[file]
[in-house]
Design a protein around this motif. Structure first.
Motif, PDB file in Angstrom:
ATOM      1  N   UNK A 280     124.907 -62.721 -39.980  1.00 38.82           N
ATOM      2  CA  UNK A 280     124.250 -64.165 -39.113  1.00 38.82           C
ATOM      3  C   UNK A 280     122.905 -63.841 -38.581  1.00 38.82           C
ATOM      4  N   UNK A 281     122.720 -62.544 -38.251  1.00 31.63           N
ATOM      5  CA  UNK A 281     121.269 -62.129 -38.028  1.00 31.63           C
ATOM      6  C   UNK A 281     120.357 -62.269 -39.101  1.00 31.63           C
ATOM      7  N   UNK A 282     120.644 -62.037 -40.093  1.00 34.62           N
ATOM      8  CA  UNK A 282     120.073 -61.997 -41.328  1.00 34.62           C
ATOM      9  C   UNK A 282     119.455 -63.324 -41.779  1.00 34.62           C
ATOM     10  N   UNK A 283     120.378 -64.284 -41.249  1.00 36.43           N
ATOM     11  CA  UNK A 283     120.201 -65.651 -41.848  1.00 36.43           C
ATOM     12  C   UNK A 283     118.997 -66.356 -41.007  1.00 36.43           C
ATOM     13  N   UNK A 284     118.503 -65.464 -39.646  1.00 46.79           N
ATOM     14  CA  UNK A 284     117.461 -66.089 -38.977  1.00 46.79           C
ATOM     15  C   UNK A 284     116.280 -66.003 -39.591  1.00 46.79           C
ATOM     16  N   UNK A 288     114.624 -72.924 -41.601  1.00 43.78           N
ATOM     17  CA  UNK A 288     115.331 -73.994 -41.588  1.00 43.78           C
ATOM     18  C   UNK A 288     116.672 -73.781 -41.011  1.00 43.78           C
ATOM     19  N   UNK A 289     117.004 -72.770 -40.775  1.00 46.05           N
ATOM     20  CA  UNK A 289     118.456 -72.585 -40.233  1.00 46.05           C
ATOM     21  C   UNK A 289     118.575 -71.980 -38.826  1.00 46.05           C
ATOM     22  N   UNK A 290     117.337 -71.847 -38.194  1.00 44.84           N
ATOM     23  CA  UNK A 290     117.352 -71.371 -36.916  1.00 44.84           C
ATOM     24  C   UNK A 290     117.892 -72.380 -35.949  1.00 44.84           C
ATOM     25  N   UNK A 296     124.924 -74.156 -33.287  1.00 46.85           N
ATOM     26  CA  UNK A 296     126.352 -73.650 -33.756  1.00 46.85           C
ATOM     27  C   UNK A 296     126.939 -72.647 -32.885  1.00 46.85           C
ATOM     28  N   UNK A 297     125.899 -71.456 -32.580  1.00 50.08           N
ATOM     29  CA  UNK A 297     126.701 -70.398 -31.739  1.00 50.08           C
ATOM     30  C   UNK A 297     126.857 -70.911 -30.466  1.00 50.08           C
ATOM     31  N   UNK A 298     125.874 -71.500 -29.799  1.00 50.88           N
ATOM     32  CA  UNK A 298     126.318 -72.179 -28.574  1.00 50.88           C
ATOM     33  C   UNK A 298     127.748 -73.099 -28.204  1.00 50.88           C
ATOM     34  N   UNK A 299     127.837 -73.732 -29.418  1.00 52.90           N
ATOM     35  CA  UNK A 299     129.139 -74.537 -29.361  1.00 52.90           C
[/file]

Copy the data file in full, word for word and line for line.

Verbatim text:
[in-house]
Design a protein around this motif. Structure first.
Motif, PDB file in Angstrom:
ATOM      1  N   UNK A 280     124.907 -62.721 -39.980  1.00 38.82           N
ATOM      2  CA  UNK A 280     124.250 -64.165 -39.113  1.00 38.82           C
ATOM      3  C   UNK A 280     122.905 -63.841 -38.581  1.00 38.82           C
ATOM      4  N   UNK A 281     122.720 -62.544 -38.251  1.00 31.63           N
ATOM      5  CA  UNK A 281     121.269 -62.129 -38.028  1.00 31.63           C
ATOM      6  C   UNK A 281     120.357 -62.269 -39.101  1.00 31.63           C
ATOM      7  N   UNK A 282     120.644 -62.037 -40.093  1.00 34.62           N
ATOM      8  CA  UNK A 282     120.073 -61.997 -41.328  1.00 34.62           C
ATOM      9  C   UNK A 282     119.455 -63.324 -41.779  1.00 34.62           C
ATOM     10  N   UNK A 283     120.378 -64.284 -41.249  1.00 36.43           N
ATOM     11  CA  UNK A 283     120.201 -65.651 -41.848  1.00 36.43           C
ATOM     12  C   UNK A 283     118.997 -66.356 -41.007  1.00 36.43           C
ATOM     13  N   UNK A 284     118.503 -65.464 -39.646  1.00 46.79           N
ATOM     14  CA  UNK A 284     117.461 -66.089 -38.977  1.00 46.79           C
ATOM     15  C   UNK A 284     116.280 -66.003 -39.591  1.00 46.79           C
ATOM     16  N   UNK A 288     114.624 -72.924 -41.601  1.00 43.78           N
ATOM     17  CA  UNK A 288     115.331 -73.994 -41.588  1.00 43.78           C
ATOM     18  C   UNK A 288     116.672 -73.781 -41.011  1.00 43.78           C
ATOM     19  N   UNK A 289     117.004 -72.770 -40.775  1.00 46.05           N
ATOM     20  CA  UNK A 289     118.456 -72.585 -40.233  1.00 46.05           C
ATOM     21  C   UNK A 289     118.575 -71.980 -38.826  1.00 46.05           C
ATOM     22  N   UNK A 290     117.337 -71.847 -38.194  1.00 44.84           N
ATOM     23  CA  UNK A 290     117.352 -71.371 -36.916  1.00 44.84           C
ATOM     24  C   UNK A 290     117.892 -72.380 -35.949  1.00 44.84           C
ATOM     25  N   UNK A 296     124.924 -74.156 -33.287  1.00 46.85           N
ATOM     26  CA  UNK A 296     126.352 -73.650 -33.756  1.00 46.85           C
ATOM     27  C   UNK A 296     126.939 -72.647 -32.885  1.00 46.85           C
ATOM     28  N   UNK A 297     125.899 -71.456 -32.580  1.00 50.08           N
ATOM     29  CA  UNK A 297     126.701 -70.398 -31.739  1.00 50.08           C
ATOM     30  C   UNK A 297     126.857 -70.911 -30.466  1.00 50.08           C
ATOM     31  N   UNK A 298     125.874 -71.500 -29.799  1.00 50.88           N
ATOM     32  CA  UNK A 298     126.318 -72.179 -28.574  1.00 50.88           C
ATOM     33  C   UNK A 298     127.748 -73.099 -28.204  1.00 50.88           C
ATOM     34  N   UNK A 299     127.837 -73.732 -29.418  1.00 52.90           N
ATOM     35  CA  UNK A 299     129.139 -74.537 -29.361  1.00 52.90           C